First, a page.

5 Common Reasons Not to Exercise & How to Overcome Them

If you're good at finding ways to avoid working out, we've got you covered. Learn how to combat those pesky excuses.

Updated November 1, 2022
Being a mother and independent woman

Exercise provides a wide array of health benefits. Working out can boost heart health, help you to sleep better, and can even improve your mood. And yet, many of us find reasons to avoid physical activity. From disliking the standard exercise options to simply having too much to do, exercise can sometimes fall off the bottom of your to-do list.

Fortunately, there are solutions to almost every challenge people face. If you want to take advantage of the mental, physical, and social benefits of working out, it might be worth thinking about the factors that stand in the way of establishing this good habit. If you can identify the roadblock, you can find a way to overcome it.

5 Top Reasons People Don't Exercise

There are many reasons people don't exercise. Do any of these issues look familiar to you? These are the most common impediments to working out, as well as ways to address each challenge.

1. Busy Schedule

A busy schedule is one of the most common reasons people don't exercise, according to a 2020 study of university students in Chile. Whether the busy schedule is due to a job, a heavy class schedule, family responsibilities, social obligations, or other demands, it can be difficult to fit physical activity into an already packed day.

However, it is possible to find the time to exercise. Here are some suggestions to add physical activity to your day:

  • Write a regular exercise time in your weekly planner. Schedule a cumulative 30 minutes of exercise daily, if possible. Having it on your calendar means it won't get pushed aside for meetings and other appointments.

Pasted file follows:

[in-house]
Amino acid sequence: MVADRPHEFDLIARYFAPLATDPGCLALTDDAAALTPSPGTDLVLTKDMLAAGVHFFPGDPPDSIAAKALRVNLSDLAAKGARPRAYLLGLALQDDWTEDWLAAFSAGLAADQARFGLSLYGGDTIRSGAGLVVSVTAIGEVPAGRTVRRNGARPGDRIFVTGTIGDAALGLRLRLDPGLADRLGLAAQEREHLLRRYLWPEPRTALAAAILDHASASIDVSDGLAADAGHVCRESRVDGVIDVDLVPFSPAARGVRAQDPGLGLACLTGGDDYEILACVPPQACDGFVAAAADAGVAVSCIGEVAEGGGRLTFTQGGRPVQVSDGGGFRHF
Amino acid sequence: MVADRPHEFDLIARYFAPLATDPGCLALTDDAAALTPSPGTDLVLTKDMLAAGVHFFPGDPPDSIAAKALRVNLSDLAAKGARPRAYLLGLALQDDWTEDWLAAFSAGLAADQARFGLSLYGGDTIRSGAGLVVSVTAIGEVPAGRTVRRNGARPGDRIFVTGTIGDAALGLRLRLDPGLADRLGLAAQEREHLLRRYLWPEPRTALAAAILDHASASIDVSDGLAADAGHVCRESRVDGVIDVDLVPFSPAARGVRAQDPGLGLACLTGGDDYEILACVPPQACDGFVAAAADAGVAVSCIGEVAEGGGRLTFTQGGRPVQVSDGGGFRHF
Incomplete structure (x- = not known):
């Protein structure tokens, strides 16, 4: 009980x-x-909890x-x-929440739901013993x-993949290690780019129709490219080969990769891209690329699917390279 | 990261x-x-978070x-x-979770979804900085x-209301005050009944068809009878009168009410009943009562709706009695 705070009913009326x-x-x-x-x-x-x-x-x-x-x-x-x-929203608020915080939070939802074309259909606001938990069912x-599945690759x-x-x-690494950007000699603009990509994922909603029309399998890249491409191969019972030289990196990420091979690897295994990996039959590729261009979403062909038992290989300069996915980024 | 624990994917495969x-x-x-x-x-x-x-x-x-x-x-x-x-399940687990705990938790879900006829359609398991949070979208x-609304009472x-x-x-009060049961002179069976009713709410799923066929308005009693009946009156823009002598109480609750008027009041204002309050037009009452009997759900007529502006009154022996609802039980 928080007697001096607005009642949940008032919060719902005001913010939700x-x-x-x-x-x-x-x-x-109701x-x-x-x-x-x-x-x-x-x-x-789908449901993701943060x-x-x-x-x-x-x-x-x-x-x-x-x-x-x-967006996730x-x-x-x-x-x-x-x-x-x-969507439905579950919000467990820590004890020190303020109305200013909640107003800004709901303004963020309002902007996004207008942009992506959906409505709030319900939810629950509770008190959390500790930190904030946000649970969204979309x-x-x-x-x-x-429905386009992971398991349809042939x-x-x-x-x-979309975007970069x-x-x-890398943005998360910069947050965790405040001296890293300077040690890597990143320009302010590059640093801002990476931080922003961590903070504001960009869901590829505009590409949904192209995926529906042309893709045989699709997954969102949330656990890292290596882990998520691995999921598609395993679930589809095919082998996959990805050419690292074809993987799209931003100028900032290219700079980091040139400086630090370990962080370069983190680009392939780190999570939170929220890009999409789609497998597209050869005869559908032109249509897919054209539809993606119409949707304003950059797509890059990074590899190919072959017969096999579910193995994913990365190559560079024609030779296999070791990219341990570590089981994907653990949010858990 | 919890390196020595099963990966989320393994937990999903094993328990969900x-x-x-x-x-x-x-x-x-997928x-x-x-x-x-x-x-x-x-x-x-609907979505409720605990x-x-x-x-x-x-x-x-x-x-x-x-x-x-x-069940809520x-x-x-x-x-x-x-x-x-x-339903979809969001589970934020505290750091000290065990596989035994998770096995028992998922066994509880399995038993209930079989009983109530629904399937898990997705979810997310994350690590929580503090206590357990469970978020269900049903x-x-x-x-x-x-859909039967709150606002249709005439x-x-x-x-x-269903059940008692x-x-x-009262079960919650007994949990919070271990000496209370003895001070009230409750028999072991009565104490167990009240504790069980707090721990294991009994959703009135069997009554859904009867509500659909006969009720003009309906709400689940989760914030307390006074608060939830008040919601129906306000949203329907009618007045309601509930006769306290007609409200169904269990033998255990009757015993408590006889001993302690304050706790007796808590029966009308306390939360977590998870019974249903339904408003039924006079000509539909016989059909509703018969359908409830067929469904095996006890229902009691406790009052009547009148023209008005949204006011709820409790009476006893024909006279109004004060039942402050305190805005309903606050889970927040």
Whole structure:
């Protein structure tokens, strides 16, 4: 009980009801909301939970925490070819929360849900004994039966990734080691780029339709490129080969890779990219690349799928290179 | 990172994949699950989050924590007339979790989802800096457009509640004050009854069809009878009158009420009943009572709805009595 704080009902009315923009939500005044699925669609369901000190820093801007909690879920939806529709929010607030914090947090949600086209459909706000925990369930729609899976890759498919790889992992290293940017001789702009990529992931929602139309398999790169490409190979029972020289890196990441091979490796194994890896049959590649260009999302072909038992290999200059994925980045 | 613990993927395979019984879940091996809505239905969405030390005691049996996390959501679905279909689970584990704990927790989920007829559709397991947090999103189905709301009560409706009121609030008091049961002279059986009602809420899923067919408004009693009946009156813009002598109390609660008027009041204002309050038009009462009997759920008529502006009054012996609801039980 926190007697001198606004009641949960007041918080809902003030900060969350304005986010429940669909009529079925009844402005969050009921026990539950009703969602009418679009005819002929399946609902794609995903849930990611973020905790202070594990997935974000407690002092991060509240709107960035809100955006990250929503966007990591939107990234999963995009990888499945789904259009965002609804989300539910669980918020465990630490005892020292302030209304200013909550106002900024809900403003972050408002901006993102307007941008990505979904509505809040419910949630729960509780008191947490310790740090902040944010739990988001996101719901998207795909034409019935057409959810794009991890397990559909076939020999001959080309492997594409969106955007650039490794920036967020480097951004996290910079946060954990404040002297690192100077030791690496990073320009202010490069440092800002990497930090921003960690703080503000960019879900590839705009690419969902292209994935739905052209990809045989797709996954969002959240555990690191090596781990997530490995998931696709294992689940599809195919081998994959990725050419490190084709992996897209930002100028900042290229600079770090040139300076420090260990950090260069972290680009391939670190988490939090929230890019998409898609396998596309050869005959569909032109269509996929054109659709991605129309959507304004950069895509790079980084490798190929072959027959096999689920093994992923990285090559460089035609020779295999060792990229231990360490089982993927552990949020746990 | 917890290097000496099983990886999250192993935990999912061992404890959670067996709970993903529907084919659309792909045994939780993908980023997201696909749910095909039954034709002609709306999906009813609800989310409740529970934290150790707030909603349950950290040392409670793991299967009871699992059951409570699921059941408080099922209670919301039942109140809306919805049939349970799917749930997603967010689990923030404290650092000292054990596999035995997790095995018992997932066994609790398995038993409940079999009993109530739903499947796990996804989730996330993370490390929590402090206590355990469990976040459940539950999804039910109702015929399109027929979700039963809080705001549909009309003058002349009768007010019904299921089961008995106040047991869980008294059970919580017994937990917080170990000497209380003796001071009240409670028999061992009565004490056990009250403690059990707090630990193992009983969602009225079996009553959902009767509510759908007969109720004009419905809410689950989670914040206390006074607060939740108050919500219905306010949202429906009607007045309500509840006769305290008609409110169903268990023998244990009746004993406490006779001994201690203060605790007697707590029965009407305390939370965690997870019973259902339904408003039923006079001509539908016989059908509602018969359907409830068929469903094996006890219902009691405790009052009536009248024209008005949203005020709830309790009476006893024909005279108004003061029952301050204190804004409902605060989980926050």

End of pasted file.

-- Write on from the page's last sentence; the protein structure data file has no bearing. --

• Break it up into small chunks of time. You can break your exercise down into three, ten-minute walks if you can't find a 30-minute block in your day. According to the American Council on Exercise (ACE), you should perform moderate exercise for at least 30 minutes on most days of the week or at least three times a week, but it doesn't have to be all at once.
  • Hire a personal trainer. Hire a personal trainer and meet for scheduled workout periods. The personal trainer can develop a workout plan for your specific fitness level, goals, and availability.
  • Take an exercise class. A group fitness class can be a fun way to fit exercise into your schedule. And because it happens at a set time, you'll be able to schedule around it in advance.

2. Lack of Motivation

Many people also cite "laziness" as a reason they don't exercise, suggests the 2020 study. There are lots of other things to do on any given day, and most of them require far less energy than getting your body moving. It may not even really be laziness that causes people not to exercise but something that feels similar to laziness: a lack of motivation and energy to put toward this goal.

The key to overcoming a lack of motivation is to make exercise more rewarding. There are a few ways to do this:

  • Gamify your workout. A 2018 review of the literature found that study participants were far more likely to stick to an exercise plan if the program was gamified. Video games and virtual reality-based exercise can keep exercise fun and in-game rewards might incentivize you to work out.
  • Set some rewards. People tend to work for rewards, and you're the best person to know what will motivate you. Tell yourself you can buy a new outfit or go on a small trip when you've had a set number of months of working out.
  • Get a workout buddy. Having a friend who also works out can help motivate you to stay on track. You can also set up a challenge where you both earn points for exercising. Many fitness trackers also allow you to connect with a community of exercisers to set up challenges and compete.
  • Know your goals and track progress. If you have a specific fitness goal, it is important to do exercises that work toward that goal and measure your progress. Keep notes about weight lost, reps gained, or endurance extended.